Intriguing privacy news blip at Fast Company about new cell phone tech that allows others to spy on you by tracking your body movements via the phone’s built-in accelerometer. The software that enables the snooping was created by KDDI Corporation, one of Japan’s largest cell phone makers.
From the article:
The idea is simple: software is embedded into an employee’s mobile that is connected to a server that analyzes their movements via the phone’s accelerometer. At first, workers will have to input just what action they are performing into their mobiles so that their movements can be interpreted. The system becomes more accurate as time goes on, recognizing each individual’s movements. So, if your boss has asked you to hoover up the nasal hair he clipped before nipping off to lunch with his secretary, he can make sure that you’re performing the task he’s set you, rather than sitting in front of his computer and checking up on your Facebook page–or his.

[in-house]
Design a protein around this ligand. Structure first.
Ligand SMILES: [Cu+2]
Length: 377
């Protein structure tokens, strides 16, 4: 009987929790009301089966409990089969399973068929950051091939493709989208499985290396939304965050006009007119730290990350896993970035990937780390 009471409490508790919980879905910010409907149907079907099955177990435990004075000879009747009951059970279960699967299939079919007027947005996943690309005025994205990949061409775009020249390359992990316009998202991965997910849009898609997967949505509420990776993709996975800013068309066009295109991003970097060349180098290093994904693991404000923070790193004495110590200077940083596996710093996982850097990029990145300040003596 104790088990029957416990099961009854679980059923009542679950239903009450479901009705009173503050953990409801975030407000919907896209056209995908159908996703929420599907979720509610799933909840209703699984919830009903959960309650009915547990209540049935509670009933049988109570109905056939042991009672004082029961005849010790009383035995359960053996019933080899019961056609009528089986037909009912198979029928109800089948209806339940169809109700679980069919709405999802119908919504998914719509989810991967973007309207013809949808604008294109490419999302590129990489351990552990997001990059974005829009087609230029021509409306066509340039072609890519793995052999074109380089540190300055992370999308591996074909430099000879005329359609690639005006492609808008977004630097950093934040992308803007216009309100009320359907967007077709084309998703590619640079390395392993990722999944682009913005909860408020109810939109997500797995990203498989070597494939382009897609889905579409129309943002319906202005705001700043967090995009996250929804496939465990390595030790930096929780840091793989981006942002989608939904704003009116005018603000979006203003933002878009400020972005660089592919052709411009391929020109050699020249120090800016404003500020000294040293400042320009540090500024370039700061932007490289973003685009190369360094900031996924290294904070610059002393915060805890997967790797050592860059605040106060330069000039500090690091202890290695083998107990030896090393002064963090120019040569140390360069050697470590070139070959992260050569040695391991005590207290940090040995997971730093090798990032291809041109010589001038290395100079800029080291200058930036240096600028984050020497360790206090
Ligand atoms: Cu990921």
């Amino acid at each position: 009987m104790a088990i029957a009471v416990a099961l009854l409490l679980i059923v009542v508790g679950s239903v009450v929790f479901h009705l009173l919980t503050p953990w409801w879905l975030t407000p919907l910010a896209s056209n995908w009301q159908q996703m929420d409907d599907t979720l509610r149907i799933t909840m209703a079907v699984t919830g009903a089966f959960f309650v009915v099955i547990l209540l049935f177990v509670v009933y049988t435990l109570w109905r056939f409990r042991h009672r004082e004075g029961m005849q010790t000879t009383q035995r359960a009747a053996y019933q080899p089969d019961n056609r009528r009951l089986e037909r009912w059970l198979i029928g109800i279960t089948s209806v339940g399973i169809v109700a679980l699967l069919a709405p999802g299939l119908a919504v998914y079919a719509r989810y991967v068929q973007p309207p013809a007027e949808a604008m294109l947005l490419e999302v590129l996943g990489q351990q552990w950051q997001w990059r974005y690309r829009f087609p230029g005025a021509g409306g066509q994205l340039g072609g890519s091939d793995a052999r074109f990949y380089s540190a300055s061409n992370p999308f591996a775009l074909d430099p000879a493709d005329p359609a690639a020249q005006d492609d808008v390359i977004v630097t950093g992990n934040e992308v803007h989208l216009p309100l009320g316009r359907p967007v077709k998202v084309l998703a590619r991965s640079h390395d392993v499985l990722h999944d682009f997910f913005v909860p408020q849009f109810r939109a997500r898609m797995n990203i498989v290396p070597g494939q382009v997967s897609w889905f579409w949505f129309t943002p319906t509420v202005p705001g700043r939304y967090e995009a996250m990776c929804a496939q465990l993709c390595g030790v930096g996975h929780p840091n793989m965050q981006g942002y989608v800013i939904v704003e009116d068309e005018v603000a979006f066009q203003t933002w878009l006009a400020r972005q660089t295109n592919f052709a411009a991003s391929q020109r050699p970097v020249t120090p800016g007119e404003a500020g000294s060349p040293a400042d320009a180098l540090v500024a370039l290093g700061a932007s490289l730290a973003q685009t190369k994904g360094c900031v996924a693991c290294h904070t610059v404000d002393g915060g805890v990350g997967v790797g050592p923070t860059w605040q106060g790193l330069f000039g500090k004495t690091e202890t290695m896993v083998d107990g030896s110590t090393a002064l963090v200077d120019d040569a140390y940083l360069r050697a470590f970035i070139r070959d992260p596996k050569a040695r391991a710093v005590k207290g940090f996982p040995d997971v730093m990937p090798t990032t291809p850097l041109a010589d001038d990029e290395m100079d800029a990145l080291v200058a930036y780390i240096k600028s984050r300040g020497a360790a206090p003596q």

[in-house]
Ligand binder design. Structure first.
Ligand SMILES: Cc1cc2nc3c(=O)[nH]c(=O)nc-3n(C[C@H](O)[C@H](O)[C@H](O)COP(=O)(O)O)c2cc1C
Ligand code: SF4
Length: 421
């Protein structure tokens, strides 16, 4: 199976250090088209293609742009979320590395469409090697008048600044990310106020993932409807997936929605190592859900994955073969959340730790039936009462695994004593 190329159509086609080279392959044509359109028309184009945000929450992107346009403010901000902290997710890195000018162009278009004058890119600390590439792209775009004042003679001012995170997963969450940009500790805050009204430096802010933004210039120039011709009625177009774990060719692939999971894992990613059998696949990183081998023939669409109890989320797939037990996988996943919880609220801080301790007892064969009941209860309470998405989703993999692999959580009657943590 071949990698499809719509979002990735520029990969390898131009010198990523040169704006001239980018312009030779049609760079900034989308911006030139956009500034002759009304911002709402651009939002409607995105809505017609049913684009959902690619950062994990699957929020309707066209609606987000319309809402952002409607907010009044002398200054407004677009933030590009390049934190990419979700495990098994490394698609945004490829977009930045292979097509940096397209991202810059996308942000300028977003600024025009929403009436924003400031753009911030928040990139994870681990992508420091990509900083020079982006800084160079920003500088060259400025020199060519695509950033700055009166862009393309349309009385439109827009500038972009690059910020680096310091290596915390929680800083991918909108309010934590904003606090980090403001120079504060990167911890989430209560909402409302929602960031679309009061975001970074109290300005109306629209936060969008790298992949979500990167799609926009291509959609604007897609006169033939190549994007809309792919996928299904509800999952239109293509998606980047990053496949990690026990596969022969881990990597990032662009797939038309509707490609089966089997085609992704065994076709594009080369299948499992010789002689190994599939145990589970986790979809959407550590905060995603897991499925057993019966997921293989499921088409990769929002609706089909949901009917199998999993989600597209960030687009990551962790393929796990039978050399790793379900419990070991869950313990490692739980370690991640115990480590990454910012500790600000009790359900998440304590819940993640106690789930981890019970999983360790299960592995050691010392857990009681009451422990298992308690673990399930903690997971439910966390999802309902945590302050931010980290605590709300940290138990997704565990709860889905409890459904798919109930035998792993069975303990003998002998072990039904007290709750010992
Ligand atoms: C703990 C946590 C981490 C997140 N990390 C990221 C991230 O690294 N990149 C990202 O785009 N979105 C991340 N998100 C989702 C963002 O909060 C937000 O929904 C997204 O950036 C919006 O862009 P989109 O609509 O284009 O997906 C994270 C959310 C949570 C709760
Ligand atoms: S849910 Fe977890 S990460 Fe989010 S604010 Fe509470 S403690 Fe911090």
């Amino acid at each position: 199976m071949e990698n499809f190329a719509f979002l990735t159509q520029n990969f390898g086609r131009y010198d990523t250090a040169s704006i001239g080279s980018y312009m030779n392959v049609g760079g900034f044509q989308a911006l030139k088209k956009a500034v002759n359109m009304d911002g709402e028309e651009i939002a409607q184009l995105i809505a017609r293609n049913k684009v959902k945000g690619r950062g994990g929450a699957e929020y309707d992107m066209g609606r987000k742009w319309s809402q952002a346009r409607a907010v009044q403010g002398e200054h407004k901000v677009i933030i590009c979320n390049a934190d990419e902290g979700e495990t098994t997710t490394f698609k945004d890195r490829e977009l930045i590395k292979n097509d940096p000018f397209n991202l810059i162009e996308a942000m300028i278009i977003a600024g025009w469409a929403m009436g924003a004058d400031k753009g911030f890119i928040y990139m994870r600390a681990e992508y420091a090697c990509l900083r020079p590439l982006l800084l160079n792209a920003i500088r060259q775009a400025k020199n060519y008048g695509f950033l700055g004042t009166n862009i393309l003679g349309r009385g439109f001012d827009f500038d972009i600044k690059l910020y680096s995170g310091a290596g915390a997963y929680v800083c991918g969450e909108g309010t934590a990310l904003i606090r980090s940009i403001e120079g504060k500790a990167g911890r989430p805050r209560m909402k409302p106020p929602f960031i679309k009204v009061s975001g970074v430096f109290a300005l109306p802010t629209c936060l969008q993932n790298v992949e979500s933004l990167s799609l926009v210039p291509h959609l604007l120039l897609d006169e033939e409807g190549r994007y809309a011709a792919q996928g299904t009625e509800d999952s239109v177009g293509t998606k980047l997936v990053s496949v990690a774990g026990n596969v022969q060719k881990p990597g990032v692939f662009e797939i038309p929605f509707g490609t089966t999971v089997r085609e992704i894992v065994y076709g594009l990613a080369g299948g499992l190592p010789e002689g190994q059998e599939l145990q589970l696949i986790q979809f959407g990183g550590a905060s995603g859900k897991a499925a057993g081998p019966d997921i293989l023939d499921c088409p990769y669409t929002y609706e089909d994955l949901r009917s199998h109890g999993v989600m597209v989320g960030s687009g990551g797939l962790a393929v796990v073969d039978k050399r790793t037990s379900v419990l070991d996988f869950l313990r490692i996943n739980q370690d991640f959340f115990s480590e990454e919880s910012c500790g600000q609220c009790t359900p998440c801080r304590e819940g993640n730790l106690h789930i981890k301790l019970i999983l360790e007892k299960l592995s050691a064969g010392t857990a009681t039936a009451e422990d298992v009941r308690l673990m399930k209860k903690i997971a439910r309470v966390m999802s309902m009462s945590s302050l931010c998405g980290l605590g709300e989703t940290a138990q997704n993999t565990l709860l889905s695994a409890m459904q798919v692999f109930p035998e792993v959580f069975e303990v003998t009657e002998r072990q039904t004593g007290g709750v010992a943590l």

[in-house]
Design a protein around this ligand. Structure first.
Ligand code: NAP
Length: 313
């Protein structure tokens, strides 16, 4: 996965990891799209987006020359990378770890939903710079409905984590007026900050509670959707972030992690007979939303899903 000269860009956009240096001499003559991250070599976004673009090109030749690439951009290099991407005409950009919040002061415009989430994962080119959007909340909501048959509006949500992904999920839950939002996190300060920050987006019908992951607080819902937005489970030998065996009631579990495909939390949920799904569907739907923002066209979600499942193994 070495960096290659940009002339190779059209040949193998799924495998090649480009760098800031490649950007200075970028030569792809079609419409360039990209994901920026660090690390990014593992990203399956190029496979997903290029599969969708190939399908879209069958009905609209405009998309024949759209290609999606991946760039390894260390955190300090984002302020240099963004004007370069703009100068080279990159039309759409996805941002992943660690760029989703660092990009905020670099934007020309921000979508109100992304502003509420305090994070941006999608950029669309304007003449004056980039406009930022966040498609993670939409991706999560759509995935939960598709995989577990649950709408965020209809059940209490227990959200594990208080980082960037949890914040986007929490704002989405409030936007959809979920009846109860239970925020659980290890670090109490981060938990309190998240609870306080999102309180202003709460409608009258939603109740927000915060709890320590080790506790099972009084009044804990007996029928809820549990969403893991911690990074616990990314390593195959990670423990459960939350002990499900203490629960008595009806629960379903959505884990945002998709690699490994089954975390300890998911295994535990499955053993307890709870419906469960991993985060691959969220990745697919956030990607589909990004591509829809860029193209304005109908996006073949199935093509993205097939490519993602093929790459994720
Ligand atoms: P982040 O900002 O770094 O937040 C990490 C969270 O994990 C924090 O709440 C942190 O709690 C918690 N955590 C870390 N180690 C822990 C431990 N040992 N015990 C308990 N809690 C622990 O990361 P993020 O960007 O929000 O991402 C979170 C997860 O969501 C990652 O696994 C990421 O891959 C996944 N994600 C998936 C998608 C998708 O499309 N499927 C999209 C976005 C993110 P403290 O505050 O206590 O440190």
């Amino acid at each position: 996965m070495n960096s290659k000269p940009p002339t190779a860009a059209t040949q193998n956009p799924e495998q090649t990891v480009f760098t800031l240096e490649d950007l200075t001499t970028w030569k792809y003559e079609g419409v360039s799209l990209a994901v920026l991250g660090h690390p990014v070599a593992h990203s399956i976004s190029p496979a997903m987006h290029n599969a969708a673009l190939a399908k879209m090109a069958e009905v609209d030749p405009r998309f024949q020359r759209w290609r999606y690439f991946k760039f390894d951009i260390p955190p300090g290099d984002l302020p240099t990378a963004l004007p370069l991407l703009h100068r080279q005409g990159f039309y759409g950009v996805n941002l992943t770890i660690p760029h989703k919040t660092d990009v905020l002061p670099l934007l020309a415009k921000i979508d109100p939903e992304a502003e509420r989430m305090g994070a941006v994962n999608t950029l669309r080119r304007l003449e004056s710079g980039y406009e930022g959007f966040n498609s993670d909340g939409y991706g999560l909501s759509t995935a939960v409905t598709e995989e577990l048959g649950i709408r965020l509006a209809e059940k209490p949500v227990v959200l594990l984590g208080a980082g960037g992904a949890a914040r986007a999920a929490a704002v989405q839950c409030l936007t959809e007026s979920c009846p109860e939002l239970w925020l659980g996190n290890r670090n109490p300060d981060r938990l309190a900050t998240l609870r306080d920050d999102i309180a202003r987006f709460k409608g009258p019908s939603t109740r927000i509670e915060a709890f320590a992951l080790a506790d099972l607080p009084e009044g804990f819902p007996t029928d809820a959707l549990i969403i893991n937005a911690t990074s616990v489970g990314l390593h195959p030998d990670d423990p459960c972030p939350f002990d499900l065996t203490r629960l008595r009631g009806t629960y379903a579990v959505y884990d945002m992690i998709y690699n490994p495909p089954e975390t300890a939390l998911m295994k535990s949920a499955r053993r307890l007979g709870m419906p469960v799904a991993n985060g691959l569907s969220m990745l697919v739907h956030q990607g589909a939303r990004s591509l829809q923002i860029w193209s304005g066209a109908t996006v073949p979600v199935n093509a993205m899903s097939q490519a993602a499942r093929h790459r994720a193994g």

The tech is marketed by the manufacturer as a tool to make “central monitoring” possible at several locations. Consult your Orwell newspeak translator to properly interpret that phrase.
If you’re wondering (as I was) what accelerometers are used for aside from spying on employees, they also provide the useful function of keeping your laptop from self-destructing every time you tilt or drop it. They’re also what makes your airbag deploy in a car crash, along with several other important functions.
Which is to say, the accelerometer part of this technology is not really the issue–it’s the software that uses its output for insidious purposes that should be drawing fire.